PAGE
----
Avulsion Fractures


Structure of the break: This fracture is always associated with a muscle. A fragment of bone is pulled away from the main body of the bone as a result of excessive force being applied to the tendinous or ligamentous attachment to the bone, as a result of the over contraction of the muscle.



Diagnosis: An X-ray of the area is usually a suitable diagnostic tool, although through taking the patients history a Doctor can often speculate that the type of fracture will be an Avulsion fracture.



Cause: This type of fracture is common in athletes and children. Athletes may over exert their muscles, causing them to contract past a point that is safe, causing the bone at the insertion point of the muscle to be broken off.

  In children, the bone is likely to fail before the ligament or tendon, due to the presence of growth plates, which do not provide an as stable attachment as fully developed bone.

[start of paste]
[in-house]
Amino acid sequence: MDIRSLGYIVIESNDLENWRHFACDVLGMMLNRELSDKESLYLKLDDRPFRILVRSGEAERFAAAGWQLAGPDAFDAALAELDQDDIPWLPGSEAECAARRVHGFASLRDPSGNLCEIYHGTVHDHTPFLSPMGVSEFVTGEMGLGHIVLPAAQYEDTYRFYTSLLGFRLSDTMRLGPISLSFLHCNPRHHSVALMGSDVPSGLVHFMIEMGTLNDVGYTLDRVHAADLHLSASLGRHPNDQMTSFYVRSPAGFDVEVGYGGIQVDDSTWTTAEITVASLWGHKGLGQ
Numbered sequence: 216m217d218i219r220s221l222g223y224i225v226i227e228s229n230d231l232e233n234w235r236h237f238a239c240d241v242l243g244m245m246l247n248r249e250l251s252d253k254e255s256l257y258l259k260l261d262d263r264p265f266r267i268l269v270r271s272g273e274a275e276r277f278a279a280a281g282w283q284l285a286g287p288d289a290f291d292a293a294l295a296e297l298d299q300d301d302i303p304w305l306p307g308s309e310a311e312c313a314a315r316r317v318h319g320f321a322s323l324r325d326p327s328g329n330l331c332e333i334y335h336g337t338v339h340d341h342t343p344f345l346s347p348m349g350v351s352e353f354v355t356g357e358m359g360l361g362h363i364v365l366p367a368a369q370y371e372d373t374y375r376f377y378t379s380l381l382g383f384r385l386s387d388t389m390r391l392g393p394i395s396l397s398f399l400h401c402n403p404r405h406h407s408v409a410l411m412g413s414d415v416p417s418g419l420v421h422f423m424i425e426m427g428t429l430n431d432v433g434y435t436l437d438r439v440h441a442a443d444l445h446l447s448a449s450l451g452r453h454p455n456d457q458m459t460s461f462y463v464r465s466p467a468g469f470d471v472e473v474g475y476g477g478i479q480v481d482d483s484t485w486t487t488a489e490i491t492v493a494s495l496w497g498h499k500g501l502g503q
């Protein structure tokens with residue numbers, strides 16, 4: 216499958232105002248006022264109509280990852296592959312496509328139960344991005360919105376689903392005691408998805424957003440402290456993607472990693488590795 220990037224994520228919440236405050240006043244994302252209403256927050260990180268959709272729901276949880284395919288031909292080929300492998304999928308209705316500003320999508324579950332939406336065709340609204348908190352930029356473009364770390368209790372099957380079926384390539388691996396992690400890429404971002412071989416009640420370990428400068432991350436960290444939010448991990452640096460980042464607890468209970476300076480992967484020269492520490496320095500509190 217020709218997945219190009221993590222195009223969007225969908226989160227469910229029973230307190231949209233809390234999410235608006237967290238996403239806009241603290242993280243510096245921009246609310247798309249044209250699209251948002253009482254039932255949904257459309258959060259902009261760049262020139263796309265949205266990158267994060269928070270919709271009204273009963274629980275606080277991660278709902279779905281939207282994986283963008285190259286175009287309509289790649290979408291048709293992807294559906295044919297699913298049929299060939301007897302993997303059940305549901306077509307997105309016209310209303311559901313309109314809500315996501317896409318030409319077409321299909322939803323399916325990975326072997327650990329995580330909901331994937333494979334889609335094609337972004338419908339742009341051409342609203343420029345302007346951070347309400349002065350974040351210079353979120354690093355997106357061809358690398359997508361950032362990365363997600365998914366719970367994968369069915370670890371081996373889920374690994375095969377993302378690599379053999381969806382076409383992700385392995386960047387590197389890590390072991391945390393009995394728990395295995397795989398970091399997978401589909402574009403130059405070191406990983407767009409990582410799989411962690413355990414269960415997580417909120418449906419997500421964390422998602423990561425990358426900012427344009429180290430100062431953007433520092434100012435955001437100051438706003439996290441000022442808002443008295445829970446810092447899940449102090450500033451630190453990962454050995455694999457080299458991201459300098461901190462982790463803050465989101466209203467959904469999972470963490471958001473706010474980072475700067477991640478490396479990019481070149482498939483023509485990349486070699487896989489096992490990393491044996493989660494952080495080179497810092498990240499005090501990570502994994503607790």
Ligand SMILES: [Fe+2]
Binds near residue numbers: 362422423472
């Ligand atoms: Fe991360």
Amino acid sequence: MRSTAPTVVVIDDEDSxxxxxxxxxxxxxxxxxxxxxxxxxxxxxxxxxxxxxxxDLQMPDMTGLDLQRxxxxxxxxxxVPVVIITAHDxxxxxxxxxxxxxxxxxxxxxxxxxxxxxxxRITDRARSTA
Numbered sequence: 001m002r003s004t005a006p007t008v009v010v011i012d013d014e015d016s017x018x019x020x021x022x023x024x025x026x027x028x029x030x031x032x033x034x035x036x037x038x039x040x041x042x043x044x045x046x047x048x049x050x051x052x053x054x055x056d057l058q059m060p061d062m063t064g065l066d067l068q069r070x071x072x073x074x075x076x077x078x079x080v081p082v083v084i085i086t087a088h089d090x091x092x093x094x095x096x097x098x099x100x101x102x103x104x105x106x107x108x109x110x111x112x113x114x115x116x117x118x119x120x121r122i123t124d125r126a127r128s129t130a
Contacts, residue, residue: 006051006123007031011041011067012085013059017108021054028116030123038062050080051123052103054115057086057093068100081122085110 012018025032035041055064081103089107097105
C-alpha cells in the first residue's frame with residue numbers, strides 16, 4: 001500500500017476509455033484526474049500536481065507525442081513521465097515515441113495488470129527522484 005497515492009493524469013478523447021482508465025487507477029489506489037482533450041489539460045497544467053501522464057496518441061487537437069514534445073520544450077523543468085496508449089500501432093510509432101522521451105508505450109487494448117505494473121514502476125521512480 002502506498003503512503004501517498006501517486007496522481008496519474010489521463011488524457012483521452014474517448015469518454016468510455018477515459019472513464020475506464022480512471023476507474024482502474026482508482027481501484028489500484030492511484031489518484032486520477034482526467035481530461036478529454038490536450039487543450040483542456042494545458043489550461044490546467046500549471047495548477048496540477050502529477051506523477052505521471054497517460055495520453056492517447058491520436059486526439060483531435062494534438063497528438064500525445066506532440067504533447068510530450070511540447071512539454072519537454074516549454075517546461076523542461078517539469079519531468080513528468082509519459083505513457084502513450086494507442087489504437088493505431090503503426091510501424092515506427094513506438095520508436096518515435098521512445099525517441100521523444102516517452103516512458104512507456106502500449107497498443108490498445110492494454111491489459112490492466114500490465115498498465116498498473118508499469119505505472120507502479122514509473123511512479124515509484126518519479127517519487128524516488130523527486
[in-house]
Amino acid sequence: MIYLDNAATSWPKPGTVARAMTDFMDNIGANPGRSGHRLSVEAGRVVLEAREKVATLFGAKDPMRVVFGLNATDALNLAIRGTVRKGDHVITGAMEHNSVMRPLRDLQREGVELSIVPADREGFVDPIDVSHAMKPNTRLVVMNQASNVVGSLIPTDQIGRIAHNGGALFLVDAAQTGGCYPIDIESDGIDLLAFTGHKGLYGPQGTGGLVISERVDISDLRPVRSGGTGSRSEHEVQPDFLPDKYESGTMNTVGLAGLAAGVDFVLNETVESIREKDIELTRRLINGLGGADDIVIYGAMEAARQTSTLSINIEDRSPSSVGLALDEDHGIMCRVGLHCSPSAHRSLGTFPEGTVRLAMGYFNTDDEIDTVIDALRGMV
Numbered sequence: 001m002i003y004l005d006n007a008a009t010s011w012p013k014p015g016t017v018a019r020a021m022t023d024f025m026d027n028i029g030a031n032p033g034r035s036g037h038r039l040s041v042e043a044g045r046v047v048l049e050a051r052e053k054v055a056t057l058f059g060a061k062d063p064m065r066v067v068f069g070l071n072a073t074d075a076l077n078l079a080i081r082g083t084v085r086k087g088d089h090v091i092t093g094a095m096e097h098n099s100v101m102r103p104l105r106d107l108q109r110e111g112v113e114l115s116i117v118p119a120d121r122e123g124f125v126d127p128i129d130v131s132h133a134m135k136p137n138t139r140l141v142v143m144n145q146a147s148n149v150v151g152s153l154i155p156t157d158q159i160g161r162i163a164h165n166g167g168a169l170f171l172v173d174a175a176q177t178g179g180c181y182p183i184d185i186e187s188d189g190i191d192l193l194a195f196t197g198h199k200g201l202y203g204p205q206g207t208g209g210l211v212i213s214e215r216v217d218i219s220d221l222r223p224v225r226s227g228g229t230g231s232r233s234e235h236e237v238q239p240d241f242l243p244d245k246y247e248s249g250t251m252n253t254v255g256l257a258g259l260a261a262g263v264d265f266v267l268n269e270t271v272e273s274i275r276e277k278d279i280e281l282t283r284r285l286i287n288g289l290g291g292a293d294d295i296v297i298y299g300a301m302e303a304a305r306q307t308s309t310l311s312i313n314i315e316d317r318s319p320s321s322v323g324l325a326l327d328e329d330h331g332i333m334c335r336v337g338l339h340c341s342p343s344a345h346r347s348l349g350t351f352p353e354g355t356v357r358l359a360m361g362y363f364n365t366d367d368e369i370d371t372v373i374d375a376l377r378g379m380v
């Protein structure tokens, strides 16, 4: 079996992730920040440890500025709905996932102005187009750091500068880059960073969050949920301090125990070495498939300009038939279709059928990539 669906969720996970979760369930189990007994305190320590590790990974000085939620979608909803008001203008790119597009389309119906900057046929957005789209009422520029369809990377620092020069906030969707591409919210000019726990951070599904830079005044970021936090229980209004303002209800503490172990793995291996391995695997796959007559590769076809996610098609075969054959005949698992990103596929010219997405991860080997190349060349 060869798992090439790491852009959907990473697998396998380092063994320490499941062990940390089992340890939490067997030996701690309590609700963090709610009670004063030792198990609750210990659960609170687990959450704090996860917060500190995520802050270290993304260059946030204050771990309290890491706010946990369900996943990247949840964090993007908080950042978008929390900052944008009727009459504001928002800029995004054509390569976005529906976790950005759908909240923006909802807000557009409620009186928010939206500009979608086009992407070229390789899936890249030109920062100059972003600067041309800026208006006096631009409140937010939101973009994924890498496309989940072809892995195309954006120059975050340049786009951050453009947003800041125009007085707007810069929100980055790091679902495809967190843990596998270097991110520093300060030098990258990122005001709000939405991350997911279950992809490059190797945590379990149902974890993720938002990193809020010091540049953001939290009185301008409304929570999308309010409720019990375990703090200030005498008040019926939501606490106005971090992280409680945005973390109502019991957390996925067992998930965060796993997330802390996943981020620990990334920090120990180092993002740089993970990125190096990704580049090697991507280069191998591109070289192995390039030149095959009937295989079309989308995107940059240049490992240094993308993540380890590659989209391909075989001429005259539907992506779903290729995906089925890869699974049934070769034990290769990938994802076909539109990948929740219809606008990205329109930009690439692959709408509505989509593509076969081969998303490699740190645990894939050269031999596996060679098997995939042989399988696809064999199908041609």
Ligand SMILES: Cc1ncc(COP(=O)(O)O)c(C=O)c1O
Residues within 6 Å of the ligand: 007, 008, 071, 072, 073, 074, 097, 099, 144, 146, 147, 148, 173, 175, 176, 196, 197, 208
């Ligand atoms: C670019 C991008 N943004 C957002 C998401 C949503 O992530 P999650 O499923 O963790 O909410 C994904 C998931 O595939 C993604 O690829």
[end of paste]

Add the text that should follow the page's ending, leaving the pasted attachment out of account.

Treatment: In adults the fracture is often treated like a sprain or muscle tear, unless the distance between the body of the bone and the fractured fragment is more than a few centimetres wide. In this instance surgery is required to reattach the bone and muscle.

  In children the treatment is of greater importance, as improper treatment could result in the stunting or abnormal growth of the affected limb. Surgery may be required to re-align the growth plate.


Avulsion Fracture of Lunate Bone



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Small Avulsion of the Cuboid Bone



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 Iliac Spine (Hip) Avulsion Fracture - Magnified



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Types of Fractures: Transverse / Oblique / Spiral / Logitudinal / Green Stick / Comminuted / Torus/Buckle / Impacted / Hairline / Compression/Crush / Avulsion




Fig.1 – Courtesy of AMagill, flickr

Fig.2 – Courtesy of Vanalstm, wikipedia

Fig.3 - Courtesy of Radswiki